The internet is full of web hosting offers, but unfortunately, many popular hosts are using unscrupulous advertising to mislead their customers and set them up for problems. If you are looking for a host for your web site, read this article to learn about some of the biggest hosting myths and how to avoid common mistakes.
Myth 1: Unlimited bandwidth will solve everything
Bandwidth is the amount of information sent out to people on the internet; the more traffic your web site gets, the more bandwidth it uses. Bandwidth costs money, so how much you pay for hosting depends on how much traffic you need to handle.
Unlimited bandwidth would be great if it were possible – but it's not. Your web page files are stored on a special computer called a server, which sends information out over the internet. Like all computers, the server has limits; it can only handle a certain amount of work. Give it too much traffic to handle, and it will slow down and become unreliable.
Obviously, no number of servers would ever be enough to give even one customer really unlimited bandwidth. All right, you might ask, but can it still be close to "unlimited" in a practical sense? (Some web hosts have taken up the term "unmetered" which has more of this connotation.)
Unfortunately, it's still fiction. Your actual maximum bandwidth might be quite low indeed. You'll be sharing your server with many other accounts. If your account starts using too many resources, it's very likely that you'll be suspended or forced to upgrade to a much more expensive plan. So much for "unlimited" hosting!
Since offering unlimited bandwidth hosting is such a blatant misrepresentation, it's not a good idea to use such hosts, regardless of how much traffic or disk space your site uses. If their business model depends on deception, can you trust them with your web pages? Even if your own site is small, other customers on your server may try to take advantage of the supposedly unlimited bandwidth and cause problems.
(If you're still hiring to find a real unlimited bandwidth deal, I have a car to sell you that gets unlimited mileage from a tank of gas.)
Myth 2: The $ 5 terabyte plan is the best deal
There is a current trend of offering hundreds of GB (gigabytes) or even one or more TB (terabytes, each of which is more than a thousand GB) for a very low price. Would it surprise you to know that most of these ultra-high-bandwidth budget plans are simply made up out of thin air? That's right. There is no way for these hosts to provide what they offer, and they have no intention of doing so.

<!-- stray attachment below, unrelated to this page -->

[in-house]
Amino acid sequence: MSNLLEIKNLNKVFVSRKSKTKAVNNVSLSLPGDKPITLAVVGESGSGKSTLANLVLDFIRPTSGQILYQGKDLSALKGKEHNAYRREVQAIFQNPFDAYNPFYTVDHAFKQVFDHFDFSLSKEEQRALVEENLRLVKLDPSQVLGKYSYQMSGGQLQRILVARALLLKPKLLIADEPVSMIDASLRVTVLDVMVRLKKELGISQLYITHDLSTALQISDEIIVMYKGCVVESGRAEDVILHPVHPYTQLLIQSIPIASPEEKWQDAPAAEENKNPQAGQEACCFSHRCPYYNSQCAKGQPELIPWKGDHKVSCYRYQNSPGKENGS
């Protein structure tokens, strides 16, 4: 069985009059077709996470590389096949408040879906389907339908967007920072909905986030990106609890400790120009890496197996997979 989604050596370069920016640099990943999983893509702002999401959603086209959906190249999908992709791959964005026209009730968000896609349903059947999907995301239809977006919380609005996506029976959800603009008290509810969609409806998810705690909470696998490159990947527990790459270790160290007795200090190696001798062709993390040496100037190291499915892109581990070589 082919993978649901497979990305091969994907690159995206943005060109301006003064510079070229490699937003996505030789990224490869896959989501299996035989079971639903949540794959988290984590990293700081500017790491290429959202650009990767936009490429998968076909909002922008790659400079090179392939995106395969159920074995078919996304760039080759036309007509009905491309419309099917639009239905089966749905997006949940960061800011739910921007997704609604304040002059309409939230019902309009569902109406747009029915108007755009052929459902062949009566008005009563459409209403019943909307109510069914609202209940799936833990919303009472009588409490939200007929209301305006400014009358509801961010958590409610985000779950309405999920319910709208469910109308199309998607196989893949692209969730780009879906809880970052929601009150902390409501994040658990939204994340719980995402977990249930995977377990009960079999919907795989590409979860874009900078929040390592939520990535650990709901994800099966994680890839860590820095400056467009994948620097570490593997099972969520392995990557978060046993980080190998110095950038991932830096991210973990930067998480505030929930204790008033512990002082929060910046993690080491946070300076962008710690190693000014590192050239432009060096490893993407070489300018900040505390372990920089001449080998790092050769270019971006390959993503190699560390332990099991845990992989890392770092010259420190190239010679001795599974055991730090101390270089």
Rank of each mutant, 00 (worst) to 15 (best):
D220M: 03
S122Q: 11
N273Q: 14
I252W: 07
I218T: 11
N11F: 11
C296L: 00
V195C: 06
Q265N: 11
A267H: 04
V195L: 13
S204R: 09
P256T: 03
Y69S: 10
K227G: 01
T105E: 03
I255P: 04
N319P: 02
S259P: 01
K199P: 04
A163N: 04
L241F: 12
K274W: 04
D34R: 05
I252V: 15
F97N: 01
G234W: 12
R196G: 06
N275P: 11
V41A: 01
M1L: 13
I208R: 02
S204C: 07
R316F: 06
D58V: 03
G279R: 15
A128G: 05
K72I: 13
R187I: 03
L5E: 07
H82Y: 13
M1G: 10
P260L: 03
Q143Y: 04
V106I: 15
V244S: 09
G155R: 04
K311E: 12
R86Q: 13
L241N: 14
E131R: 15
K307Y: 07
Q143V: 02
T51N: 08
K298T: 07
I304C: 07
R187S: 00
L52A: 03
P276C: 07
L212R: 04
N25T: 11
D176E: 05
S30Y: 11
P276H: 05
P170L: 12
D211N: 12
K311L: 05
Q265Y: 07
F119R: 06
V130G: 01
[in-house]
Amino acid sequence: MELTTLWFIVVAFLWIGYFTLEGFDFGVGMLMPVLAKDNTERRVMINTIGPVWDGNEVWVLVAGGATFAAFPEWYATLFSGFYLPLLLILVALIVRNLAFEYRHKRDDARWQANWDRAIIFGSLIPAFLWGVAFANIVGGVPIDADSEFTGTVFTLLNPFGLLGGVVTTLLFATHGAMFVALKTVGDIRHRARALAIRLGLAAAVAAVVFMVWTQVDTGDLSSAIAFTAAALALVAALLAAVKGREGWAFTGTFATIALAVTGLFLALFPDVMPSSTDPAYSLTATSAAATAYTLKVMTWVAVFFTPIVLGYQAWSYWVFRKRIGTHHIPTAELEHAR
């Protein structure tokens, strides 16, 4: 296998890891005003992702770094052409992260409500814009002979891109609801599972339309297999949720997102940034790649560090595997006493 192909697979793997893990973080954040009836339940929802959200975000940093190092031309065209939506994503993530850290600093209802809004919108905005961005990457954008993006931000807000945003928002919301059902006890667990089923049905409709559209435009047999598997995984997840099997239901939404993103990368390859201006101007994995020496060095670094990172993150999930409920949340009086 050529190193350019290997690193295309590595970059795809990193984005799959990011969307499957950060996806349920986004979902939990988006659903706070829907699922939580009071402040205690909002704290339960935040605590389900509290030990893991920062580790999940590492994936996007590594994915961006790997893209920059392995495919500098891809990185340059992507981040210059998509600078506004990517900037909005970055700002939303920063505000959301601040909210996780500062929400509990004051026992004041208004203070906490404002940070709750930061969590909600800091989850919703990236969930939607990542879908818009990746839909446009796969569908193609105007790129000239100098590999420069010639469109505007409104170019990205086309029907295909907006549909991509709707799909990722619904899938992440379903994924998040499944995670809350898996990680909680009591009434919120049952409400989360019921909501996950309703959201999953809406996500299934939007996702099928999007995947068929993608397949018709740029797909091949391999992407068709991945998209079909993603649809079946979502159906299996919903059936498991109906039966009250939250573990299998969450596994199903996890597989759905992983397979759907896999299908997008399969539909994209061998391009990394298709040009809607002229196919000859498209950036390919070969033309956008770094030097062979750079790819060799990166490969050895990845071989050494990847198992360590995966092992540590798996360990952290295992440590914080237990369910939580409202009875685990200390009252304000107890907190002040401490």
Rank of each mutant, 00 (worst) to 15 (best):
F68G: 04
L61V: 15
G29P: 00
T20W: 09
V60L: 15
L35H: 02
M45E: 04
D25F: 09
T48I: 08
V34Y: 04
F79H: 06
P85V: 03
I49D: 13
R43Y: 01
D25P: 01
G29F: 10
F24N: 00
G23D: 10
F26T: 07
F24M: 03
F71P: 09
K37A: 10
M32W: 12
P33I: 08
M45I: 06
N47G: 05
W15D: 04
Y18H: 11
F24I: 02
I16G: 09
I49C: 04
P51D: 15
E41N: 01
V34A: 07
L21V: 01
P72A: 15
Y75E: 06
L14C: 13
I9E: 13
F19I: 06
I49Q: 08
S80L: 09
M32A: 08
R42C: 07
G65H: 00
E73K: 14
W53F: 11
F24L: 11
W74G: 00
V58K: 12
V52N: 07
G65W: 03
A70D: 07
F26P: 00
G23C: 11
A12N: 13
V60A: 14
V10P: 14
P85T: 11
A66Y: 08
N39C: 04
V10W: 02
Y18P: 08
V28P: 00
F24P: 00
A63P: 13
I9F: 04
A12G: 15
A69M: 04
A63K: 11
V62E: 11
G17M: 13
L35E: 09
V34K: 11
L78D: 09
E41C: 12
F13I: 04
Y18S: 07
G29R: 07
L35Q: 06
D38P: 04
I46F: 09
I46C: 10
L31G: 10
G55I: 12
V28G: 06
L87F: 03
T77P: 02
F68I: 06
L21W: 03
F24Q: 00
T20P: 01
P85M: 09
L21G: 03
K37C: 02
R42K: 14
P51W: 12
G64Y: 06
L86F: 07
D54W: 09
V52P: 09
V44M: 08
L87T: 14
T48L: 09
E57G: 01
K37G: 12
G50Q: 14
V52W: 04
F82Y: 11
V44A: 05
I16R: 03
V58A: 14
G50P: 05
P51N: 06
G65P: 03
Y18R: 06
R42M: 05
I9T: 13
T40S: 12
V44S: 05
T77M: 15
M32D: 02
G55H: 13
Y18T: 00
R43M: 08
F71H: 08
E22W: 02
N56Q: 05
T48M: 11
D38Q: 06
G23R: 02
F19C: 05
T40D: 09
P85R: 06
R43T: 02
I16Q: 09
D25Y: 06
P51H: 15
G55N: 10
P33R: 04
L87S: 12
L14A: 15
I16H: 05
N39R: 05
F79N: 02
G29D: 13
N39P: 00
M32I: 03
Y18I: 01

In fact, this is just another version of the unlimited bandwidth scam. Unfortunately, it's on the rise at the moment, and many gullible people will be taken in by this technique, which is called overselling. (The current fad represents extreme overselling.)
Remember our web server (that special computer) and its limited resources? To make a long story short, the whole server may not be able to handle as much bandwidth as the host is offering to each of the many customers with accounts on it! The ending is the same: if you use too much, your site will be suspended and you'll have to make a big upgrade or leave.
You might be wondering how hosts get away with offering all this bandwidth and not really providing it. They cover themselves with some small print in the terms of service that allow them to suspend you for using too many server resources. In other words, they can offer as much bandwidth as they want, because you'll use too many resources long before that. It's an unfair game, with all the rules in their favor.
Myth 3: Always prepay annually to save
Many hosts offer discounts if you prepay for one or more years. This is definitely a way to save, but it comes with risks. In fact, it could end up being a lot more expensive.
If you're paying a month-to-month and something goes wrong, you can find another plan easily. If you've prepaid a year or two and you have problems after the trial period is over, you're stuck; you will not be able to leave without losing some money.
The risk might be acceptable if not for the nature of web hosting, where things can easily go wrong. Your host may turn out to be unreliable, with downtime and poor support. Your account might be suspended for reasons you do not expect, such as exceeding server resources and violating the fine print mentioned above, or even the actions of someone else who manages to break into your account.
Prepaying is very risky when signing up with a new host. It's a better option to use with a host you already know and trust. Then again, even good hosts can change over time or run into problems beyond their control.
Paying yearly is good for the host, though, especially for those who oversell and underprice their plans, so you will be enticed to pay annually. If you want to play it safe and a host does not have a monthly or quarterly plan, consider looking elsewhere.
Finding a web host
These trends may be unsettling, but do not be discouraged! There are decent hosts out there, following realistic business plans and offering an honest service to their clients. Just do not expect to find them among the hosts that are advertising the impossible offers.